Essays On Philosophy & Theology

Essays On Philosophy & Theology

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You Cannot Count Back From Infinity: An Infinitesimal Argument Against A Past Eternal Universe

A comprehensive discussion concerning the claim, popular in both Christian and Islamic apologetics, that ‘you cannot count back from infinity’, thus negating a past eternal universe. The claim is shown to be spurious, being predicated on misrepresentations and misunderstandings of physics, philosophy and mathematics. Particularly so the latter.

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Eating Ken’s Ham

A satirical, though ultimately quite serious, look at what could ensue if members of an extra-terrestrial civilisation visited Earth and encountered the kind of moral arguments expounded by Christian fundamentalists like Ken Ham.

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Is God A Finite Being Or A Simulation?

A cogent argument exists that there is at least a modest probability that the universe is an artificial simulation. Furthermore, the very nature of a simulated universe suggests we may have no viable way of discerning whether this is the case or not. Whether this is the case, or is even acknowledged as plausible, however, leaves profound and unpleasant consequences for classical theology.

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Opposition To Same-Sex Unions Is Mathematically Wrong

Using mathematical set theory, conservative Christian activist Andrew Schlafly speciously attempted to demonstrate that opposite-sex unions are morally superior to same-sex unions. In rebuttal, two mathematical formulae are presented demonstrating that opposition to same-sex unions has no mathematical-logical basis unless the a-priori assumption is made that one biological sex possesses a greater degree of moral and personal autonomous value than the other.

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The Fictitious Influence Of Darwin On Nietzsche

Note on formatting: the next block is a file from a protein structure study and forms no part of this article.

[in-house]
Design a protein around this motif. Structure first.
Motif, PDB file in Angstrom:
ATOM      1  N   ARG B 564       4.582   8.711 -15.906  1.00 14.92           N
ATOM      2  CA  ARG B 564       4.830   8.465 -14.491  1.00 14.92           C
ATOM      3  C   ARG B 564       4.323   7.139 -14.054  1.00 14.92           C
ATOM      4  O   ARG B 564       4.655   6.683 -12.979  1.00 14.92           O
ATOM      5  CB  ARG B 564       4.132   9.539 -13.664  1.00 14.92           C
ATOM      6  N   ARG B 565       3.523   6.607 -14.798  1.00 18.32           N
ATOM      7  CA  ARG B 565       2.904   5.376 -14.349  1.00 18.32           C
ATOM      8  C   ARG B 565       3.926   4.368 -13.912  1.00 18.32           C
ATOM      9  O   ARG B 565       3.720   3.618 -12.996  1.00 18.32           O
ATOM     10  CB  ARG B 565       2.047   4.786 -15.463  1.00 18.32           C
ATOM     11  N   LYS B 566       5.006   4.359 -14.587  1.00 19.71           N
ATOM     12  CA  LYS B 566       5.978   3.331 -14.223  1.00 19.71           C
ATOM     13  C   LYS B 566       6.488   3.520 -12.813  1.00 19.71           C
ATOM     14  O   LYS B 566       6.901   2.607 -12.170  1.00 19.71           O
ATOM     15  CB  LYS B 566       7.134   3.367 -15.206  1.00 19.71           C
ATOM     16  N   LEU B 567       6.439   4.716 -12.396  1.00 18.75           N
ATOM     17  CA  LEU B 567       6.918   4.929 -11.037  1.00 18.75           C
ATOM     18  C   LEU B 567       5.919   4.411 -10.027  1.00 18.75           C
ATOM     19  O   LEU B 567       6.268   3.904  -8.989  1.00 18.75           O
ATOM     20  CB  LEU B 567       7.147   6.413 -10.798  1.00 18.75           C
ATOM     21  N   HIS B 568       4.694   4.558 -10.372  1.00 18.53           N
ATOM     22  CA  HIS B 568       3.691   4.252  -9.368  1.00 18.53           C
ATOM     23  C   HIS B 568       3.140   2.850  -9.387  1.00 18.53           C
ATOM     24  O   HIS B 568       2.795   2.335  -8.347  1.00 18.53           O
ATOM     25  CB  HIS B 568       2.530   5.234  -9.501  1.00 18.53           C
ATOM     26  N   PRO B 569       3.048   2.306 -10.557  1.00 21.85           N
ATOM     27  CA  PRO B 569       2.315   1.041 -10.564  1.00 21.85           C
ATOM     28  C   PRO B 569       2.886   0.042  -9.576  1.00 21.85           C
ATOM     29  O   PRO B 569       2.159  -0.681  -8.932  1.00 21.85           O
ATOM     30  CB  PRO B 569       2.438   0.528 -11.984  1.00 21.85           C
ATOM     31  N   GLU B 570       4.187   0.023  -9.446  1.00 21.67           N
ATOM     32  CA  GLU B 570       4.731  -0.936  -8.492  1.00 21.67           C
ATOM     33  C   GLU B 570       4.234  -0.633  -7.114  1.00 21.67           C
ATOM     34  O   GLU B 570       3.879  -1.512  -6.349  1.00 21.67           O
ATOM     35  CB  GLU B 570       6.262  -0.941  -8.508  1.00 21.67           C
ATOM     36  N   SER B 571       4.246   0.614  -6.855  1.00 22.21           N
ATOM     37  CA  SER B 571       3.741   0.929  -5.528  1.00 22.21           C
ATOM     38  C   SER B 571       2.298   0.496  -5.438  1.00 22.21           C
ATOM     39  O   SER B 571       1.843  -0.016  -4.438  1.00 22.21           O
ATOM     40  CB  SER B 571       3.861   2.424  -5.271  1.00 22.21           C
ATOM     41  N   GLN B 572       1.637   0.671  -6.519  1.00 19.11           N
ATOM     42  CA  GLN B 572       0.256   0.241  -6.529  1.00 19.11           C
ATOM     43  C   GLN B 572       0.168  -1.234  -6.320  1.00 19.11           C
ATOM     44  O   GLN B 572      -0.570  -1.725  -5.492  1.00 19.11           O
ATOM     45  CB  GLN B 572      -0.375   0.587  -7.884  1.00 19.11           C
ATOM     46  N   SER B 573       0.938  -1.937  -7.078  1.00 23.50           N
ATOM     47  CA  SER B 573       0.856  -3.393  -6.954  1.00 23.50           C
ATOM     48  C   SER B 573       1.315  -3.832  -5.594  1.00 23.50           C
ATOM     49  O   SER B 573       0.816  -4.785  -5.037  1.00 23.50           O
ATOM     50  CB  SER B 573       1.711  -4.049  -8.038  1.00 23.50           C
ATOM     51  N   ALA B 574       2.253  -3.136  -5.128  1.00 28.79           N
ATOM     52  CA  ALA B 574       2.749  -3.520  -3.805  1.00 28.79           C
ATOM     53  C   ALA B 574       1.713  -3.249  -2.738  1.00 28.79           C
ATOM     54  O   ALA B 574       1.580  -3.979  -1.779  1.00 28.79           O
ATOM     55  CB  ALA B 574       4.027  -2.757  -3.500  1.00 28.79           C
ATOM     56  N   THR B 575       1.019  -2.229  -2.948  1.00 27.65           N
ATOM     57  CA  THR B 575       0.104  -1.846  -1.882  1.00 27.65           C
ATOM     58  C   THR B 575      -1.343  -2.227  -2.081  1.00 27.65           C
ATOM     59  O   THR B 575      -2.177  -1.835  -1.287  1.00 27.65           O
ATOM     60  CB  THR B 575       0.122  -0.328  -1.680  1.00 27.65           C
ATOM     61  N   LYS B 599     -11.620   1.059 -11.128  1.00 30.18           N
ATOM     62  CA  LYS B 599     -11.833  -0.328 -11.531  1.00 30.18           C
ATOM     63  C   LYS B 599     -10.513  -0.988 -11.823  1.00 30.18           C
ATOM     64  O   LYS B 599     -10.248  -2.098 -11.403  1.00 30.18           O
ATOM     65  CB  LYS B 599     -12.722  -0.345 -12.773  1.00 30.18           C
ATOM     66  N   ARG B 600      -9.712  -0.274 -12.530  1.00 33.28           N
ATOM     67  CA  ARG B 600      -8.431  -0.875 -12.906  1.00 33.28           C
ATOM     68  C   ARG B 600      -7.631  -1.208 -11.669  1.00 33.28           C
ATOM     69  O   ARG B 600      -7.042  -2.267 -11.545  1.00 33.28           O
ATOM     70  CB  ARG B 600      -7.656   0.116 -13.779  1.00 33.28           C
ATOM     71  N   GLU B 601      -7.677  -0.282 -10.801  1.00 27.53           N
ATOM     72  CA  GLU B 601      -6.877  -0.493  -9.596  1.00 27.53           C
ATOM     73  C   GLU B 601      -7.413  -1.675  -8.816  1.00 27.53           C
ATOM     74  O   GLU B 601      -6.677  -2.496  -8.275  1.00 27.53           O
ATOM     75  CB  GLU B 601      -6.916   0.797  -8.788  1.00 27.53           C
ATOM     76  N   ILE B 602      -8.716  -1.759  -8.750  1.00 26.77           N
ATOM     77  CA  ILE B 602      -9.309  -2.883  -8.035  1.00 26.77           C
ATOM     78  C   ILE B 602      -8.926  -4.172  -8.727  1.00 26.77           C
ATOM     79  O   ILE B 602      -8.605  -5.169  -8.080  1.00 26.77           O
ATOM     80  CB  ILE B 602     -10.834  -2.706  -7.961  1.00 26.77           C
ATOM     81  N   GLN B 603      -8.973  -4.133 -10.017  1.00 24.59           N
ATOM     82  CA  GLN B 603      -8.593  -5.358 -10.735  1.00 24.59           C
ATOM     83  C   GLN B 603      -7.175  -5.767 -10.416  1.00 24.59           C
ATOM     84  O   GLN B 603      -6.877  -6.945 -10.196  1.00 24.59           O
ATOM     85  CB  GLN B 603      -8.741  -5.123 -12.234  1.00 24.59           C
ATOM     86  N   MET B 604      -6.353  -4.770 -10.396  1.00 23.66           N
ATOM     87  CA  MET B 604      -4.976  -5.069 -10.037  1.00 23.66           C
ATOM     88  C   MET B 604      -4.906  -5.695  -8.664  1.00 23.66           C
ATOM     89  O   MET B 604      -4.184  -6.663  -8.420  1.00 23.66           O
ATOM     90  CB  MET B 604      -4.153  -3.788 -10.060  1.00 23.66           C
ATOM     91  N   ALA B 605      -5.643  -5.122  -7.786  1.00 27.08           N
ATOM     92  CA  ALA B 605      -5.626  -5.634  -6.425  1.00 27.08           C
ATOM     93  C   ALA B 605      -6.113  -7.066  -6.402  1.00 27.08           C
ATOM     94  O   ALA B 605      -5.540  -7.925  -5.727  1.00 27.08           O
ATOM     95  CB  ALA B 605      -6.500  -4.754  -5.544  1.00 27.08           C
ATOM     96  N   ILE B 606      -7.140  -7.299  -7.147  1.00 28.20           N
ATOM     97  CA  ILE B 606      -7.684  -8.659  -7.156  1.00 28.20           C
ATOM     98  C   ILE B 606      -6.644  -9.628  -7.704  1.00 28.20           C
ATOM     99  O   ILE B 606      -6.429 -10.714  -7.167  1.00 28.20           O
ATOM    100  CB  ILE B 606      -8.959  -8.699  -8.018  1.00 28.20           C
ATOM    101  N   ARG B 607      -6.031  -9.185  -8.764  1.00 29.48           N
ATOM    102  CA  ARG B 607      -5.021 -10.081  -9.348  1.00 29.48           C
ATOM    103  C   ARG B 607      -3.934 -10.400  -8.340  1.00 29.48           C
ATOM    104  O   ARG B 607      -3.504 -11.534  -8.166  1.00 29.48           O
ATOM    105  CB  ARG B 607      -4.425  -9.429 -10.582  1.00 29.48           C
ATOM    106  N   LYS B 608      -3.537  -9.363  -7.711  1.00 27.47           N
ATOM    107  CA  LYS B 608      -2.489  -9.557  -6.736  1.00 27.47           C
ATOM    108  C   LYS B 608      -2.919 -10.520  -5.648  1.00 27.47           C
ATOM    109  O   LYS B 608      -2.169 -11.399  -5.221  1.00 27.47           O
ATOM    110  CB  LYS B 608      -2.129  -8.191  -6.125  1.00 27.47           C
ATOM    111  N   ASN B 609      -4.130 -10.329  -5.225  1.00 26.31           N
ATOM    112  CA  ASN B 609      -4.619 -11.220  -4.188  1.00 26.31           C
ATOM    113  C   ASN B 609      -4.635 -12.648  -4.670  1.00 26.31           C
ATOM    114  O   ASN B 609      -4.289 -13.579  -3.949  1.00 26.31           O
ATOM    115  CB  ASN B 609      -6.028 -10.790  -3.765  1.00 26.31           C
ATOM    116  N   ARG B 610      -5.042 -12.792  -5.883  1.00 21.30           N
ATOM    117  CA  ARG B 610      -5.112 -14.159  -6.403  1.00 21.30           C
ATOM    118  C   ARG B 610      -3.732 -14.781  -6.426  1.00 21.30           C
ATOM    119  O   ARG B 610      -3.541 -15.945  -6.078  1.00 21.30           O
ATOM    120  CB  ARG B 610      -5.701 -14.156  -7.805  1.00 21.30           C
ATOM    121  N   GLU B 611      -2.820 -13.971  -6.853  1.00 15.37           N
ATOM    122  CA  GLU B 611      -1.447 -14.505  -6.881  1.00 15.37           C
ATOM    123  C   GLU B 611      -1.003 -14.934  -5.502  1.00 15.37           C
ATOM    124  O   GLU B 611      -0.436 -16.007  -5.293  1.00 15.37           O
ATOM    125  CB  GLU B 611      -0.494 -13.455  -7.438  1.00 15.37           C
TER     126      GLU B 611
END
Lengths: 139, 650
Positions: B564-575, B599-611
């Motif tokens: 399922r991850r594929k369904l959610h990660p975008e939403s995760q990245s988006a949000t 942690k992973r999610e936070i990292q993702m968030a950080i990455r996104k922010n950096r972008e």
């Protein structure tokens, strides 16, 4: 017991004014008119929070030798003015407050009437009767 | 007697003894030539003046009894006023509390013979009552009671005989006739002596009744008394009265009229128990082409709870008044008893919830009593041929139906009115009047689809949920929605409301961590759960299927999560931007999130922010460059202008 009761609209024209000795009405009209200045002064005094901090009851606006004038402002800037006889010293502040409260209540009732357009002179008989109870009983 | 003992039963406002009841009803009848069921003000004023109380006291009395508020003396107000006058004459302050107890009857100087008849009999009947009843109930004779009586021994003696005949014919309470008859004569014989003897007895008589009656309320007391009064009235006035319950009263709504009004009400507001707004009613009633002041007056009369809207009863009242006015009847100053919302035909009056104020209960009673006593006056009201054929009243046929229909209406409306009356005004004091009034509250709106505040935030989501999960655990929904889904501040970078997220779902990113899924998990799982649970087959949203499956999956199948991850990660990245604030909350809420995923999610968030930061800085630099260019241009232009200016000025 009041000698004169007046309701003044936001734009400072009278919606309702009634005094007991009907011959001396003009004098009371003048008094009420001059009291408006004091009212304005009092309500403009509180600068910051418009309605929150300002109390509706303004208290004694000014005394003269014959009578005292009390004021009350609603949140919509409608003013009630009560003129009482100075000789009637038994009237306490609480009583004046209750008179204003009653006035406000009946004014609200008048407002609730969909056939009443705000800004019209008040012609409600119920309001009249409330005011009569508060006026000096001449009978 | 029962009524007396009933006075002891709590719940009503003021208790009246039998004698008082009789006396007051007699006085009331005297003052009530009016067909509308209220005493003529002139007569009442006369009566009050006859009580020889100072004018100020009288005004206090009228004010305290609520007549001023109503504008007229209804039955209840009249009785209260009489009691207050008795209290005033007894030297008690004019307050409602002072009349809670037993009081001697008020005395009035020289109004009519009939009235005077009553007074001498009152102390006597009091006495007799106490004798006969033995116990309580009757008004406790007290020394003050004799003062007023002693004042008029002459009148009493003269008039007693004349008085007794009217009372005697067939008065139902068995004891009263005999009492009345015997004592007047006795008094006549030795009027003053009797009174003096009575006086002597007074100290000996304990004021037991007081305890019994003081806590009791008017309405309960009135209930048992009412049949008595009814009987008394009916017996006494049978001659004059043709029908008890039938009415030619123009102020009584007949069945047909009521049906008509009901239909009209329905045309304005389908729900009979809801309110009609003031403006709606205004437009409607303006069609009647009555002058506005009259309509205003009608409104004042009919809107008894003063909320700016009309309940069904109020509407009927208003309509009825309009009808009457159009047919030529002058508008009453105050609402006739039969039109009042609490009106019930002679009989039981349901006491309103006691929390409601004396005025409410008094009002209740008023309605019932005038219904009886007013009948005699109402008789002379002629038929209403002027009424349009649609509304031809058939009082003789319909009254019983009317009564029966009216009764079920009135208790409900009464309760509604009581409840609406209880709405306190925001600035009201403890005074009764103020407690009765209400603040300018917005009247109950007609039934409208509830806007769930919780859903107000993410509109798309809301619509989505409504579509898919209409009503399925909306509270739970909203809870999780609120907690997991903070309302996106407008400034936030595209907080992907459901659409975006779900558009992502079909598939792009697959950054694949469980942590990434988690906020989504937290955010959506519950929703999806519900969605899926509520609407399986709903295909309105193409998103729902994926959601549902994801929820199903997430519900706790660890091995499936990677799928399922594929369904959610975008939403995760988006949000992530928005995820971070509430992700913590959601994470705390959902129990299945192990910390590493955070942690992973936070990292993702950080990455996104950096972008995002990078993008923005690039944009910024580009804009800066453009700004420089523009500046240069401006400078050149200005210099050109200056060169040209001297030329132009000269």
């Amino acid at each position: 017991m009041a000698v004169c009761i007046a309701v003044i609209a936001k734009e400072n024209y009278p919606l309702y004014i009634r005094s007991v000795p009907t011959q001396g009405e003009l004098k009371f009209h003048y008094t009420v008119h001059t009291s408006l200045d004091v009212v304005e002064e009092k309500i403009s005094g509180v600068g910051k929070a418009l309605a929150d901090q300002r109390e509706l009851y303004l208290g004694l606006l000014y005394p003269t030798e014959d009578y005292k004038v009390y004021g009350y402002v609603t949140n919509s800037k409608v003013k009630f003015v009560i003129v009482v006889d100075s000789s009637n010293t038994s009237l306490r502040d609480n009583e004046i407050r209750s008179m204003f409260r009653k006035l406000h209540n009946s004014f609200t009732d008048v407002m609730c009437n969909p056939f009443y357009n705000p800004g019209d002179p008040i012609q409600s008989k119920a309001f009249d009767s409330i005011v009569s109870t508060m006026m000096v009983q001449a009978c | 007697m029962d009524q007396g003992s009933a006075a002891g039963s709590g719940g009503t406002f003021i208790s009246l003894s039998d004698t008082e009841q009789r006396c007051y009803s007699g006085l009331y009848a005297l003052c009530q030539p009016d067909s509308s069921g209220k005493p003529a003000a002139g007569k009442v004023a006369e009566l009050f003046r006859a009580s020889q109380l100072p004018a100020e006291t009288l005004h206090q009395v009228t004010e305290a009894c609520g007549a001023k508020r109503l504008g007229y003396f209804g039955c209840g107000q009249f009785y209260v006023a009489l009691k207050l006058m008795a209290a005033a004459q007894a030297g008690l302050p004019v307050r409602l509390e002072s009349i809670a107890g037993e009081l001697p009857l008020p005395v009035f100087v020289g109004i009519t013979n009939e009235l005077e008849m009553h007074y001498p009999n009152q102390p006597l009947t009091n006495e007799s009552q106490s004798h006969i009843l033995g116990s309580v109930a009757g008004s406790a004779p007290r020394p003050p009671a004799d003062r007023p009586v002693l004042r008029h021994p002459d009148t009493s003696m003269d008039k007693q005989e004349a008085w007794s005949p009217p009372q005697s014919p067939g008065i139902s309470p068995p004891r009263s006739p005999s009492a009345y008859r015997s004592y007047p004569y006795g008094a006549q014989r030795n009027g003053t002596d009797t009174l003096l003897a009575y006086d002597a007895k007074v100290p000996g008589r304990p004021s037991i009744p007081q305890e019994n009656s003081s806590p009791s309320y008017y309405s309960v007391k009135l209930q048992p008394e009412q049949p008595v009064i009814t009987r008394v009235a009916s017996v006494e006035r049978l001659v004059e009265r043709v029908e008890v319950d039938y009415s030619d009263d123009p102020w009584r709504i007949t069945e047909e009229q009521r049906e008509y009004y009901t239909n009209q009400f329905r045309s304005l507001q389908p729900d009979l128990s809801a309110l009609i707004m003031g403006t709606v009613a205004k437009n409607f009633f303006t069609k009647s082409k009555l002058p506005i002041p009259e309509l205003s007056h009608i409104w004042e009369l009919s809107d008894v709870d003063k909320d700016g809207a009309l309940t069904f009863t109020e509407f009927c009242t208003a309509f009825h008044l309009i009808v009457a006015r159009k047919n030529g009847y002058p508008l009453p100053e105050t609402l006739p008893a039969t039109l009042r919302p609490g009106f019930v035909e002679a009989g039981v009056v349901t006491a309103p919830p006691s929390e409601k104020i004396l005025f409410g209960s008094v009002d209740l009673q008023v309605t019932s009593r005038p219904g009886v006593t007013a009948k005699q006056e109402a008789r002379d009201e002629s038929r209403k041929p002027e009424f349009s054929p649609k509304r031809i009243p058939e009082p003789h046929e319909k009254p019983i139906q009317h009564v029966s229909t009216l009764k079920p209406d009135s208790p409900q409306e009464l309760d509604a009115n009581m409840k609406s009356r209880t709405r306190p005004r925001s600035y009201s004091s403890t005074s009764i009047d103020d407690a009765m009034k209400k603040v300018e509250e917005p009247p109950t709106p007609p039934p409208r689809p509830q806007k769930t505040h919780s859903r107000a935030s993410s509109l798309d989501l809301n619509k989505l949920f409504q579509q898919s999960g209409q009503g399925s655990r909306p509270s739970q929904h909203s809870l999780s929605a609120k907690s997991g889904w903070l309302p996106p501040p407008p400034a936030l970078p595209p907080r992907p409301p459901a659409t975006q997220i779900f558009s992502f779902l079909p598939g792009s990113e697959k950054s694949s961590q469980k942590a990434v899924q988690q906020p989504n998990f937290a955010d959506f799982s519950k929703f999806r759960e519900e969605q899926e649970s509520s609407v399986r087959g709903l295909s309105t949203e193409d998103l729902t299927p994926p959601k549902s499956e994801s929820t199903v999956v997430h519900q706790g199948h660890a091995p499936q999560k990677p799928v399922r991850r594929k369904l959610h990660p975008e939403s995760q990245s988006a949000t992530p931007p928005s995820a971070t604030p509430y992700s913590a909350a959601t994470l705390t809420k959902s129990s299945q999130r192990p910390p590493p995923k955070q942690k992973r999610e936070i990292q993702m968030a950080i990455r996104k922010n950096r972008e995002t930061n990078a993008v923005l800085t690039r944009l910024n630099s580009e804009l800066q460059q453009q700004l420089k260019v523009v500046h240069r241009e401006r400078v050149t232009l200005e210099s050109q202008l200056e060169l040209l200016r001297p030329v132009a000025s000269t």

Primary source historical documents show that Nietzsche neither admired nor was influenced by Darwin. This extended essay demonstrates that claims of a Darwin-Nietzsche ideological link depend heavily on misrepresenting Darwin’s scientific findings and ignoring Nietzsche’s profound misunderstandings of biological evolution.

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Probabilities, Deductive Arguments And Theology Don't Add Up

In recent years there has been a rise in the number of p-inductive arguments for God’s existence (which require only that each premise in an argument has a >.5 probability of being true). This is problematic for theists for two primary reasons. First, when prior probabilities are unknown, estimates are too easily weighted by belief. Second, even in cases where premises are known to have a >.5 probability of being true, conclusions do not necessarily yield a probability >.5. Examples are given.

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Desire The Horse, Depression The Cart

A comparison of the Buddhist attitude to human desires and quest for psychological permanence with those of Christianity and Islam. Buddhism, though not entirely convincing as a psychologically-based approach, appears nevertheless to be the more reasoned approach.

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A Determined Critique Of Free Will Theodicy

Free will theodicies are often touted by theists as incontrovertible responses to the 'problem of evil'. This comprehensive discussion outlines numerous philosophical, logical, theological and demographic shortcomings with the notion. Finally, a review of the experimental neuroscience literature reveals no physiological or behavioural evidence for human contra-causal free will.

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